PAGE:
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dc.contributor.advisorGroening, Stephen
dc.contributor.advisorHabell-Pallán, Michelle
dc.contributor.authorDelgado, Andrea
dc.date.accessioned2019-10-15T22:53:57Z
dc.date.available2019-10-15T22:53:57Z
dc.date.submitted2019
dc.identifier.otherDelgado_washington_0250E_20528.pdf
dc.identifier.urihttp://hdl.handle.net/1773/44686
dc.descriptionThesis (Ph.D.)--University of Washington, 2019
dc.description.abstractIndelible Practices of Hope: Worldbuilding 1990s Los Angeles explores the ontological implications of one generation’s cultural practice for communities of color in a diverse, multilingual urban hub. Defining hope as the creation of new possibilities, my research weaves together an analysis of media, literature, and cultural praxis. I show how shared strategies of radical worldbuilding, the hopeful envisioning of new worlds, connect seemingly disparate forms of cultural production. Embedded in a long historical analysis, radical worldbuilding uses narrative strategies as practices of hope to make decolonial visions a reality. In the first two chapters of Indelible Practices of Hope, I argue that Anna Deavere Smith’s Twilight: Los Angeles, 1992 and Alejandro Morales’s The Rag Doll Plagues challenge their audiences through radical worldbuilding narrative strategies, compelling audience members to see their complicity in neo-colonialism. The second half of the project leaves traditional texts behind to analyze cultural practice as cultural production. The chapter, “This Bridge Called Instagram: Collective Worldbuilding through Analogue and Digital Convivencia” reads the digital archive that documents the 1990s party crew communities as curated by Los Angeles artist Guadalupe Rosales, showing how Rosales’ use of Instagram facilitates hopeful worldbuilding. Connecting practices from the 1990s to those in the twenty-first century, the chapter “‘Oppression exists, but not here’” | The Ovarian Psyco-Cycle Brigade and the Importance of Storytelling,” reads the work of a Chicana and Womxn-of-color bicycle brigade from South East Los Angeles, as resistance frameworks built via practices of hope. As an example, by subscribing to different realities, the meeting guideline and narrative strategy “oppression exists, but not here” enacts radical worldbuilding through the creation of a space that is supportive, equitable, and lifegiving; it is propositional, not only oppositional.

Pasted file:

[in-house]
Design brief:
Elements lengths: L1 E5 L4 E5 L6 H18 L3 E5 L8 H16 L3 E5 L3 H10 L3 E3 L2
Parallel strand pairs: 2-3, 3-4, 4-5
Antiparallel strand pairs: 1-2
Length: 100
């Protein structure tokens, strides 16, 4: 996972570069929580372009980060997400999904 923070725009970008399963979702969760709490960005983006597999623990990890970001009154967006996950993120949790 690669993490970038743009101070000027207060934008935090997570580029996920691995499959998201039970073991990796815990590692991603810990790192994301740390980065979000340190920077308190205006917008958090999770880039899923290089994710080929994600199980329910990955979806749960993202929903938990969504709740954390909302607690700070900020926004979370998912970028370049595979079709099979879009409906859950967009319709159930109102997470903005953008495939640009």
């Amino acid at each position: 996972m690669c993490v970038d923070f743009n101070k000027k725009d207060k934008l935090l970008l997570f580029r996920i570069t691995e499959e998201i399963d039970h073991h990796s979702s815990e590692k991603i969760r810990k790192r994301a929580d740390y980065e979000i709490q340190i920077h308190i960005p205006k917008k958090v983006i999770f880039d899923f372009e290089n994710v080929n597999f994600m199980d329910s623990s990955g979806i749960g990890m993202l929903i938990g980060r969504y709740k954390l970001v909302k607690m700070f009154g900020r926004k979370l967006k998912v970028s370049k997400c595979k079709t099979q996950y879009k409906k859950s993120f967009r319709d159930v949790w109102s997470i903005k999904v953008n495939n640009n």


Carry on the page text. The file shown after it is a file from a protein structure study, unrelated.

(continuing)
dc.format.mimetypeapplication/pdf
dc.language.isoen_US
dc.rightsCC BY-NC-ND
dc.subjectborderlands
dc.subjectconvivencia
dc.subjecthope
dc.subjecttheory-in-the-flesh
dc.subjectworldbuilding
dc.subjectEthnic studies
dc.subjectLiterature
dc.subjectGender studies
dc.subject.otherComparative literature
dc.titleIndelible Practices of Hope: Worldbuilding 1990s Los Angeles
dc.typeThesis
dc.embargo.termsOpen Access


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